Converting an AC device to battery power

Discussion in 'General Electronics Chat' started by riskVSreward, Jun 4, 2008.

  1. riskVSreward

    Thread Starter New Member

    Jun 4, 2008
    I bought a "Wireless Remote Control" unit at Walgreens that you can plug other devices into to turn them on and off wirelessly via a radio signal. Here's the device details culled from the tiny piece of paper within:


    I want to power this device via batteries and I guess I need some inverter schematics.
    TomRom likes this.
  2. thingmaker3

    Retired Moderator

    May 16, 2005
    A 2KW inverter is not a beginner level project. It would be less expensive for you to simply buy one.

    If you are dead set on building, I suggest a copy of Power Supplies, Switching Regulators, Inverters, and Converters by Irving Gottlieb. You should also study datasheets and applications notes for power MOSFETs, which are available on the manufacturers' websites.
  3. Externet

    AAC Fanatic!

    Nov 29, 2005
    riskVSreward... Are you aware the power and voltage ratings on that label are for the AC powered devices to be controlled, and not the receiver consumption?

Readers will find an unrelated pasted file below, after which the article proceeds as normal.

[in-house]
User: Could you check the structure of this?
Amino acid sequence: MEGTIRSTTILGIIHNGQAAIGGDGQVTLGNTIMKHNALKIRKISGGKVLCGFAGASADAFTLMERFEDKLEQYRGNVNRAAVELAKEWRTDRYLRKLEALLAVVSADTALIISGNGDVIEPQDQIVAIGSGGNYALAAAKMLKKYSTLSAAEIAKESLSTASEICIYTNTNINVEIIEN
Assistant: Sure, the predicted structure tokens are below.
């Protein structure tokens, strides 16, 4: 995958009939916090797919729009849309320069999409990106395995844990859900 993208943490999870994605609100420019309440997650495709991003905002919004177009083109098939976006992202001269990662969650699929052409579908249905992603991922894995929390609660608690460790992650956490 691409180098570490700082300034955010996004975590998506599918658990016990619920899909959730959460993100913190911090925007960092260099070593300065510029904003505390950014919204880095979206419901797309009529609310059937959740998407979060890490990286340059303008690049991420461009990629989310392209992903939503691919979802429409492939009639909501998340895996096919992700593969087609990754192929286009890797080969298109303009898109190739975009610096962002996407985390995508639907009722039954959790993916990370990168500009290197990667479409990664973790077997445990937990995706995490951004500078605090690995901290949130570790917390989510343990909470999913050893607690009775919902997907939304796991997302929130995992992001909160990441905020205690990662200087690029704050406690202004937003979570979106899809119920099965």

Yes, the receiver/controller alone can be easily powered by a battery, by just measuring its internal DC power supply, removing it and installing a battery with the same characteristics instead.
    But the unit itself still needs 120VAC feed if you want to turn on 120VAC appliances.

  4. riskVSreward

    Thread Starter New Member

    Jun 4, 2008
    Sorry to resurrect this thread but I have to thank Externet for the tip, I don't need to control anything greater than 9 volt DC so it should work.
  5. masteropie


    May 17, 2008
    I would guess such a receiver would operate on low voltage dc, somewhere around 5 to 12 volts. The 120 volt mains will probably be rectified, filtered, and ran threw a voltage divider. There are a thousand ways to get 12 volts from 120 so i won't bother guessing past that.

    Open up the device, plug it in (on a gfi to be safe), use a voltmeter and make your way back from the power input until you find low voltage dc. Now you can use a battery to power it. A 9v battery should work if the internals are operating between 6 and 12 volts.

    If you don't mind me asking how much did you pay for it? I have been looking for something like this for a while.